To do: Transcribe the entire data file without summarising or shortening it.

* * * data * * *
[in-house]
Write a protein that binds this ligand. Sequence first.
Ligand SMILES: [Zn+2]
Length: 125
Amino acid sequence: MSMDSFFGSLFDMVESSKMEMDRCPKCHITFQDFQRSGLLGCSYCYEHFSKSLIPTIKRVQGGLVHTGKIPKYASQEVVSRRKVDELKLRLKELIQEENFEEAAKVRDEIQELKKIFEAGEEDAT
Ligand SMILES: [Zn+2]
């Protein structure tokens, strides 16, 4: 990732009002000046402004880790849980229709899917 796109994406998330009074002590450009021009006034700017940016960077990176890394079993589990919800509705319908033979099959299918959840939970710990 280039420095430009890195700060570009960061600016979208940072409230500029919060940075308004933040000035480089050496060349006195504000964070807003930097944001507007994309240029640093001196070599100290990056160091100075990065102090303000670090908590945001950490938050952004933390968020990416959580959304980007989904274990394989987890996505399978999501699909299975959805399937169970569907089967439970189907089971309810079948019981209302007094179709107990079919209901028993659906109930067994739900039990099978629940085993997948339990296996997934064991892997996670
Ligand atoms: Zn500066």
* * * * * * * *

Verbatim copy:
[in-house]
Write a protein that binds this ligand. Sequence first.
Ligand SMILES: [Zn+2]
Length: 125
Amino acid sequence: MSMDSFFGSLFDMVESSKMEMDRCPKCHITFQDFQRSGLLGCSYCYEHFSKSLIPTIKRVQGGLVHTGKIPKYASQEVVSRRKVDELKLRLKELIQEENFEEAAKVRDEIQELKKIFEAGEEDAT
Ligand SMILES: [Zn+2]
């Protein structure tokens, strides 16, 4: 990732009002000046402004880790849980229709899917 796109994406998330009074002590450009021009006034700017940016960077990176890394079993589990919800509705319908033979099959299918959840939970710990 280039420095430009890195700060570009960061600016979208940072409230500029919060940075308004933040000035480089050496060349006195504000964070807003930097944001507007994309240029640093001196070599100290990056160091100075990065102090303000670090908590945001950490938050952004933390968020990416959580959304980007989904274990394989987890996505399978999501699909299975959805399937169970569907089967439970189907089971309810079948019981209302007094179709107990079919209901028993659906109930067994739900039990099978629940085993997948339990296996997934064991892997996670
Ligand atoms: Zn500066």